By Sara Foster
The first week of April 2020 marked the beginning of the Strike MoMA advocacy campaign, organized by a coalition of activist groups going under the name “International Imagination of Anti-National Anti-Imperialist Feelings”, or IIAAF. At the centre of the 10-week protest campaign is the controversial culture of private philanthropy, in particular donors with questionable intentions and immoral connections, such as Leon Black, a board member of the MoMA who recently succumbed to a chorus of calls for his resignation following the revelation of his financial ties to convicted sex offender Jeffrey Epstein.
Envisioning a “post-MoMA future”, Strike MoMA advocates for a deconstructed, sociable, community-based conception of the museum in opposition to its current dependence on billionaire donors, a structure which contributes to the capture of not only MoMA, but a host of top American museums, by society’s most wealthy.
On April 30, a protest walking tour lead by the advocacy group attracted international attention when it ended in a clash at the MoMA entrance with museum security, and in the aftermath has resulted in an ongoing battle of conflicting accounts offered by IIAAF and MoMA respectively. In the late afternoon around 45 people gathered in Midtown Manhattan’s Columbus Square to participate in a “Ruins of Modernity Tour”, a demonstration making up the fourth part of the Strike MoMA program. The route included a stop at the BlackRock headquarters, the investment company of MoMA trustee Larry Fink, before moving on to “Billionaire’s Row”, a set of eight ultra-luxury residential skyscrapers lining the south end of Central Park.
The final stop was to be the MoMA, where the protestors would occupy the lobby. A week prior, IIAAF had notified MoMA director Glenn Lowry of the group’s intention to enter the museum, demanding free entry (in contrast to the regular immoderate charge of $25 per general ticket). The group received no response and was met upon arrival to the museum entrance by a number of security personal blocking their entry – with doors locked and staff members looking on from the inside – on instructions from museum leadership.
In an email to news outlet Hyperallergic, the group said that contrary to their expectations, the museum “turned itself into an aggressive high-security fortress” to keep them out, typical of Manhattan’s ultra-wealthy enclaves. Amidst the confrontation, four activists broke through a staff entrance on the side of the building to enter the museum. Artist and educator Shellyne Rodriguez (a leading affiliate of Strike MoMA who worked in the MoMA’s education sector for eight years before its recent series of layoffs) reported she had been struck in the face multiple times by a security guard.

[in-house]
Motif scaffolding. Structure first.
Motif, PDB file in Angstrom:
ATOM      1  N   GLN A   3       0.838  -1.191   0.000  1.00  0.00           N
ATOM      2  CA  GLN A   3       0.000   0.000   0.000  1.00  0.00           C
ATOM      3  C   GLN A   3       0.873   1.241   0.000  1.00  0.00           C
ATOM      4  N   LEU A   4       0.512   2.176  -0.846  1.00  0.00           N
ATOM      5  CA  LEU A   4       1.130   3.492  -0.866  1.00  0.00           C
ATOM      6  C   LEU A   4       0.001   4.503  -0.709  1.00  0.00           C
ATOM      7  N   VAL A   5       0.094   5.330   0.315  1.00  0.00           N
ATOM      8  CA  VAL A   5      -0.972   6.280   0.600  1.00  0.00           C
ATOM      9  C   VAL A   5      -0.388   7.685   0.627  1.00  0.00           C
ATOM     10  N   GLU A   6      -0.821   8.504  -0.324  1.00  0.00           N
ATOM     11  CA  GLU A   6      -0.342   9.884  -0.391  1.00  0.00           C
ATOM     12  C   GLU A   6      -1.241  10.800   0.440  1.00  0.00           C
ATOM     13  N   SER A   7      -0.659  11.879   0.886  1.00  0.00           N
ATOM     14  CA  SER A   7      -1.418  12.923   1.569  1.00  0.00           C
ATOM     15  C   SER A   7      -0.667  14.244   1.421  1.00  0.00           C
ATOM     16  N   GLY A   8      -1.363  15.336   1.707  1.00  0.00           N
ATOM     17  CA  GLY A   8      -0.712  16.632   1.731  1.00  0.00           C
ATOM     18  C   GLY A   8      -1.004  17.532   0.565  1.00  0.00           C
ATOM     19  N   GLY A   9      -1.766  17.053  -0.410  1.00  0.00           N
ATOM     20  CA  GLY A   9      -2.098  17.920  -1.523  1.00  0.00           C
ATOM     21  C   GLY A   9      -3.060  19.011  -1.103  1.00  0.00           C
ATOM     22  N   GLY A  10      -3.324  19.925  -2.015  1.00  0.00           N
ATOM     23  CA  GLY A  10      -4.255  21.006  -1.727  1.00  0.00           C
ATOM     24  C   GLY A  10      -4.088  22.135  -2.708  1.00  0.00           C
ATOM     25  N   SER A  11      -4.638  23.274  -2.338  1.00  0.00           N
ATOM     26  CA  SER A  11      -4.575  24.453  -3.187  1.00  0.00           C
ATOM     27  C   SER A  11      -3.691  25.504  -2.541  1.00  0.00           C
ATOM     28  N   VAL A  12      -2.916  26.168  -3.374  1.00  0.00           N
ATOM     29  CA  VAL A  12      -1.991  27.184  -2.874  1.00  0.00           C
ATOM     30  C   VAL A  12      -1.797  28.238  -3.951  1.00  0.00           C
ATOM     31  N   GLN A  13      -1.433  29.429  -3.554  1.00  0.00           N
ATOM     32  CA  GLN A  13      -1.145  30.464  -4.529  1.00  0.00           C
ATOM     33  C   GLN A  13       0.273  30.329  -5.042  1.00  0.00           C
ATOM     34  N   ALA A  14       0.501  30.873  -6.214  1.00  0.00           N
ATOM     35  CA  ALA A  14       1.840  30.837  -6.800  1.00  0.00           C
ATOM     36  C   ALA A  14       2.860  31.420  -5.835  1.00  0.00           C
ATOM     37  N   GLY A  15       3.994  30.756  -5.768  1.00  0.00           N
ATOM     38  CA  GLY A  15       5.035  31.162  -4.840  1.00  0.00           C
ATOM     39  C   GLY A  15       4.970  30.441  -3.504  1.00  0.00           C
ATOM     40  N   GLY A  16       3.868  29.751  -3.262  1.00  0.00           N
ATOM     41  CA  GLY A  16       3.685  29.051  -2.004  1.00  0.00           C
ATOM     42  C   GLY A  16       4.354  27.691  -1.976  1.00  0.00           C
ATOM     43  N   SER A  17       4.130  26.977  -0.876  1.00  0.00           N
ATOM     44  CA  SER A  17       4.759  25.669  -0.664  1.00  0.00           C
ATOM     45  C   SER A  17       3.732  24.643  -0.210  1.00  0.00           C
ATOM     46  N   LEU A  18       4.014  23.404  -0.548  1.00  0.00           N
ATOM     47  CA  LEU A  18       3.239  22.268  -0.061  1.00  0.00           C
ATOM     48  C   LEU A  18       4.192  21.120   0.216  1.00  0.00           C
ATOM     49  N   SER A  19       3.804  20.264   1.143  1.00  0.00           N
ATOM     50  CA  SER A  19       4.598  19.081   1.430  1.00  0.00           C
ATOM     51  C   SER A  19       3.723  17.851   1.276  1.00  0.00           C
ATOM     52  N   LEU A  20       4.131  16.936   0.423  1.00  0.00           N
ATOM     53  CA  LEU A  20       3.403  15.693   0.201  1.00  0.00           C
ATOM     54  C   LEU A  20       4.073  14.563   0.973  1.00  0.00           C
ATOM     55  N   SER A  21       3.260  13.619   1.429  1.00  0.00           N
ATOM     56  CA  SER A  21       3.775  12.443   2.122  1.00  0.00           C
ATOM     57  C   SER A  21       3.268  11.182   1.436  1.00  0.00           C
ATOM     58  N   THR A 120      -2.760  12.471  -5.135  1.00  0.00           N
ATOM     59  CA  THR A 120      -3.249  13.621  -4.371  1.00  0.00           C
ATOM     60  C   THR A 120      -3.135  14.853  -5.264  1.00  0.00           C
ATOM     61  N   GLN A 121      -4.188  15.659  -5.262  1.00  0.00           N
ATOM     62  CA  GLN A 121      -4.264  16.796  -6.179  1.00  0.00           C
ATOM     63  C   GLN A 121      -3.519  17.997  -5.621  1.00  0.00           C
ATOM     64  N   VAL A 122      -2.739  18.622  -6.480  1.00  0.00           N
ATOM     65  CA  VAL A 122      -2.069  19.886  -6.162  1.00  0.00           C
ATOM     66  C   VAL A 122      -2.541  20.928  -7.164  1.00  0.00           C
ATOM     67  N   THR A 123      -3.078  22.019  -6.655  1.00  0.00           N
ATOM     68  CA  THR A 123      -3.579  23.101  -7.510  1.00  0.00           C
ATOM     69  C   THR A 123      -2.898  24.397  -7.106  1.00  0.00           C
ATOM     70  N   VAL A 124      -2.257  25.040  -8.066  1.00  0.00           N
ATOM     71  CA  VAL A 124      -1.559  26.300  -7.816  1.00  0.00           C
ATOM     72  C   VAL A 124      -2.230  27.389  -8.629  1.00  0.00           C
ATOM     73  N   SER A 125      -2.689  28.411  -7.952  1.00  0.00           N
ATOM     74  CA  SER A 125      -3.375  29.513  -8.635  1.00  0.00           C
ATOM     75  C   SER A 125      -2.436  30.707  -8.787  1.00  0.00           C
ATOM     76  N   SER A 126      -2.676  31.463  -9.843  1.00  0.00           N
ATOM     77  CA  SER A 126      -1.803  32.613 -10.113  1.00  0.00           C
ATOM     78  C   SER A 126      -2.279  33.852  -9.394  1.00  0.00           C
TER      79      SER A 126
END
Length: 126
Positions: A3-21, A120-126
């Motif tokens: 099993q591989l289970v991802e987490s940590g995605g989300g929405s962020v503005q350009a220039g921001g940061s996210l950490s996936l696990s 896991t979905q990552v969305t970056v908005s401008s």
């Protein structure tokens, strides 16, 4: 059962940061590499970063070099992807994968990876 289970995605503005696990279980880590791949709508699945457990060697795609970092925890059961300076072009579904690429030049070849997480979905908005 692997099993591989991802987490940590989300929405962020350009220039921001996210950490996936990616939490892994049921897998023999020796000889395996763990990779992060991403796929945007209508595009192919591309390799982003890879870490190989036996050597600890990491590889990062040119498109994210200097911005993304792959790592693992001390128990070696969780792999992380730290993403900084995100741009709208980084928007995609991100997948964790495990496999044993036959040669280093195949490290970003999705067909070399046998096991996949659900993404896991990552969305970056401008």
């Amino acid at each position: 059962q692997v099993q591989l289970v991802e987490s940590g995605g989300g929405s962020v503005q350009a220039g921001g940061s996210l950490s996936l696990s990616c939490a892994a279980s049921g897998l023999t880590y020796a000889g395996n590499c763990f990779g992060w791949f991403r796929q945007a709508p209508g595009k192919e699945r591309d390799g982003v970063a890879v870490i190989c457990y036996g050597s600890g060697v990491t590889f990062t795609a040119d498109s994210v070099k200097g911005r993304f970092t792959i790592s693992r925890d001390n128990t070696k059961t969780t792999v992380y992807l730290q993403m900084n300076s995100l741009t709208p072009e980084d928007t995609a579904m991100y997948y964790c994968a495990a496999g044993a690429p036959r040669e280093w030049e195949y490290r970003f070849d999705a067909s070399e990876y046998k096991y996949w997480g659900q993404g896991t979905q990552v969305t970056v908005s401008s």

Two weeks prior to the demonstration, Lowry wrote to his staff in a recently leaked email that “MoMA respects the right to protest”. Following the incident, the museum provided a statement claiming protesters had tried to “force their entry, en masse, into the museum”, exhibiting “complete disregard for the safety and wellbeing of [its] staff and visitors”, while citing the group’s refusal to comply with Covid-19 health and safety regulations. “We anticipated a peaceful protest”, said a MoMA representative, asserting that two security officers had sustained serious injuries from the altercations. IIAAF refuted this claim in a public statement of their own, condemning “MoMA leadership’s attempt to distort the nature of the confrontation at the museum” and dubbing Lowry “gaslighter-in-chief”.
When the group was unable to gain access to the museum as intended, the demonstration was continued in a plaza opposite the MoMA, where Strike MoMA will continue to meet. A plaque made by the collective Artists for a Post-MoMA Future was installed in the space, reading “This is not an artwork. This is a de-occupation of privately-owned public space.”
The motivations behind Strike MoMA get to the heart of a vital concern circling cultural institutions and the role of large museums. Relative to their European equivalents, US museums receive very little government funding, thus making their income solely reliant on exorbitant ticket prices and patronage from the country’s ultra-wealthy. The system leads to troubling consequences for the art world: art only accessible to those with the funds to view it, collections safeguarded by billionaires and financed with dirty money, museum professionals at the behest of those with potentially self-interested and malevolent motives, and cultural spaces that are meant to be public becoming increasingly exclusive.
“It’s time to put an end to this hypocrisy,” IIAAF’s statement continued. “Too many in our arts communities have learned to turn a blind eye to the gruesome capture of the art world by financial high-rollers with low morals. It’s not too late to stop the plunder, and remember, the fish rots from the head down.”
The remaining Strike MoMA demonstrations will take place every Friday until June 11.